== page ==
So today I'm going to start what I hope to be a series of posts featuring Appendix N and A-N type comic books. I'm starting with one of Robert E. Howard's more adapted creations, the Puritan swordsman, Solomon Kane! This will be specifically discussing the Chronicles volume from Dark Horse Comics, a reprint of Marvel Premiere 33-34 and The Sword of Solomon Kane miniseries.
Here's the cover, for those that missed my twitter preview shot:
Not the Punisher, this guy travels, believes in God, faces devils, magic, and more, and yet holds on to faith.
Now, in some ways one of this collection's strengths is also a weakness. The Marvel Premiere issues and issue one of the miniseries both cover the same story, Red Shadows. Honestly, I like having both adaptations. I think the Premiere issues had a better strength of adaptation, but the single issue version strikes me as having slightly better pacing. The earlier version has a different art style that comes off as a bit more primal, while the newer comes off as more geared toward the impressions of pose and action a movie presents. I haven't checked the prose, but I would not be shocked if the earlier was more tightly adhering to the original, but they're both well done.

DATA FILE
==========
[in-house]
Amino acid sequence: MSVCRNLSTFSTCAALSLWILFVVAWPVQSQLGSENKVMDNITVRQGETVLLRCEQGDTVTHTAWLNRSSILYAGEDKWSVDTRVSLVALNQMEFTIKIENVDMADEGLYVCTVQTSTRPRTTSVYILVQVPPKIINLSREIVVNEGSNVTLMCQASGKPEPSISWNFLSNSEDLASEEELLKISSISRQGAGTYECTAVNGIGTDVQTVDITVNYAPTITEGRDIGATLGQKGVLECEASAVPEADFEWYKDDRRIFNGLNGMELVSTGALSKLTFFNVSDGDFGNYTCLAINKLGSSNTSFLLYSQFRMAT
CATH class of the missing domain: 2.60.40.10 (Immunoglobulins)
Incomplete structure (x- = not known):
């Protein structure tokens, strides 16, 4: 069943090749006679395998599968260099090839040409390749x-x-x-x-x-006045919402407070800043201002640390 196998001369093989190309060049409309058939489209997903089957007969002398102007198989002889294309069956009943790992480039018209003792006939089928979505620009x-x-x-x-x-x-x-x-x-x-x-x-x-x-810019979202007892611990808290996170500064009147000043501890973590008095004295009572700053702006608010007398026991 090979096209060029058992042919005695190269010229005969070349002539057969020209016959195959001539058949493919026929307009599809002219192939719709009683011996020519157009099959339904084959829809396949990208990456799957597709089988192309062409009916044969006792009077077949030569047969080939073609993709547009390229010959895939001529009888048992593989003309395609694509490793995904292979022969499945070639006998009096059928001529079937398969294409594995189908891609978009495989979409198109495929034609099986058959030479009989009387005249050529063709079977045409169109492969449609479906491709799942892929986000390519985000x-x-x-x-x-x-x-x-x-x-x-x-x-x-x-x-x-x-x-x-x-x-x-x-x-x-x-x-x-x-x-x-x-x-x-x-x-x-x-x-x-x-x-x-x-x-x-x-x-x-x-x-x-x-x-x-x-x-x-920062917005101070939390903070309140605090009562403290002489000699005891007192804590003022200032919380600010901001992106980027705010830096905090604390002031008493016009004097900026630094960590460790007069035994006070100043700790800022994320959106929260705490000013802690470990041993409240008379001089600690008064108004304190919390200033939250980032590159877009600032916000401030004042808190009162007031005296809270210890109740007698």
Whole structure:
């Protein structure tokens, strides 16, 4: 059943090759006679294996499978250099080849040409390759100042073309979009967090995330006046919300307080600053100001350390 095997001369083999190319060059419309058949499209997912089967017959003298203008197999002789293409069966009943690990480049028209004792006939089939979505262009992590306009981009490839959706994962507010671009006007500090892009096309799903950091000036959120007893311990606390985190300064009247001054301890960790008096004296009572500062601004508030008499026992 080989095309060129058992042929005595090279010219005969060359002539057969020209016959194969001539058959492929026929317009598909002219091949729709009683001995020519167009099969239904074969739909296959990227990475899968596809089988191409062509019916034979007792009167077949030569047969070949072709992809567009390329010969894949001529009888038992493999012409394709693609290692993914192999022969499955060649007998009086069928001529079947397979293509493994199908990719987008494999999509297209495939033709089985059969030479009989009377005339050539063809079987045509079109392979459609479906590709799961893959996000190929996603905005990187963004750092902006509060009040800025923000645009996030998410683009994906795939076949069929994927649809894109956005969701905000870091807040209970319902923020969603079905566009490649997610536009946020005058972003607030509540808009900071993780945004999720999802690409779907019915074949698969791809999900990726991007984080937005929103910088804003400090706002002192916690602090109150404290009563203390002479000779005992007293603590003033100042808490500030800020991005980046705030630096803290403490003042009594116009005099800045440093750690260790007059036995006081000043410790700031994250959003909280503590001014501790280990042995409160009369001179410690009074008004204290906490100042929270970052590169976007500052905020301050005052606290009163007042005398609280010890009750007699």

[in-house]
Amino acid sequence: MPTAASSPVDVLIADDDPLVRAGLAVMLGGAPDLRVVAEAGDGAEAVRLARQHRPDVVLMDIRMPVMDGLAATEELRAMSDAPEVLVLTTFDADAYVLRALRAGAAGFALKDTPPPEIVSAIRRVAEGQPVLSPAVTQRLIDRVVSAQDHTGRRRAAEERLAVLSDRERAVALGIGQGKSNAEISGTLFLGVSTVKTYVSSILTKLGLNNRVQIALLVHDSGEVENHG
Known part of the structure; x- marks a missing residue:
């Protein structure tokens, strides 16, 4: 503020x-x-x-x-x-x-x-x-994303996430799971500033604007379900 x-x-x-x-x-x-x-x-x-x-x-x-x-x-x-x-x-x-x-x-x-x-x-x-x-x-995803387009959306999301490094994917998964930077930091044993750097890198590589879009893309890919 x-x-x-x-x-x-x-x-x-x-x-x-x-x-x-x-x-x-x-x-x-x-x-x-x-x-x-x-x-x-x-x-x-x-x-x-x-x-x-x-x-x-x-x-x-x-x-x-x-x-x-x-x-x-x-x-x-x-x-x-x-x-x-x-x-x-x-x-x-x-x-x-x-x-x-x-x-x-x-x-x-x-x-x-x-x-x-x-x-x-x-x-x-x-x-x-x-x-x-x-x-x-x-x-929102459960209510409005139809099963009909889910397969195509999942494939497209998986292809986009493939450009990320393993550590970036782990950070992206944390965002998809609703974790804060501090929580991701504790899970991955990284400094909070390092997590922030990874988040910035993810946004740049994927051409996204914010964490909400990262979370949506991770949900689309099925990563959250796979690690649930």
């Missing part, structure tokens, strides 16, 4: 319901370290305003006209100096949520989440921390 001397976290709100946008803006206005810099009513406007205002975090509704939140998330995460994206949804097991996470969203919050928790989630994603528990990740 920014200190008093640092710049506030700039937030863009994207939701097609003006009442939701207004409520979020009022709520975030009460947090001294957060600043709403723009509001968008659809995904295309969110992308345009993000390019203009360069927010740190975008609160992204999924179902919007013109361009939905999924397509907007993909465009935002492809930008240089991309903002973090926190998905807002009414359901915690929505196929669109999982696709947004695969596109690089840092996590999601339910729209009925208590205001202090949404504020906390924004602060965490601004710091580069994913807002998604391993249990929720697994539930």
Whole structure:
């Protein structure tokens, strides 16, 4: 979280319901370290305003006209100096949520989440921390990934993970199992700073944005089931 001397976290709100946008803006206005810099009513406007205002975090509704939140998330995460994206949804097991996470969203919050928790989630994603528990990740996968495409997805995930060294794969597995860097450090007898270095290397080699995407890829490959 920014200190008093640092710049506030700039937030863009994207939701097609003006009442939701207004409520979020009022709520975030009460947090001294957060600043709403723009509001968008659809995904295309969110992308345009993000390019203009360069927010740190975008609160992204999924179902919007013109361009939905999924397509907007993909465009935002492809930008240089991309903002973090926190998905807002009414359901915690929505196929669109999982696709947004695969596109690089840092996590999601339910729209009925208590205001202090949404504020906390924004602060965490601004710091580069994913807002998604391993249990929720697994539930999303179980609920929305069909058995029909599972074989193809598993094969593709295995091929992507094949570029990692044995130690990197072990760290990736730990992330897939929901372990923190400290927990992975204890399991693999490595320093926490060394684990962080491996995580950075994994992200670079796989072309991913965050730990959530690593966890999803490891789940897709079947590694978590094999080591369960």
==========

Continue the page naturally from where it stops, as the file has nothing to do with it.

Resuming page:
For the miniseries, the artist changes halfway through, and goes through new artists each issue. Not a problem, as these are each a single tale of Solomon Kane. Mike Mignola pencilled issue four, The Prophet, and while I'm not a fan of Hellboy, I like his art. There's a good balance of action, meditation, and the mysterious present in the tale.
The miniseries closes with the story Wings of the Night, one as creepy as they can really come. Misguided worship, demon sacrifices, and a massacred village mark the way for Solomon's judgement. As an afterword, this issue also had the story Solomon Kane's Homecoming, a poem wonderfully adapted, with sparse panels to allow room for the poem to work.
All told, this is great stuff. Next time(hopefully not more than a fortnight), I'll take a look at some Tarzan.
When you play Social Justice, the world loses.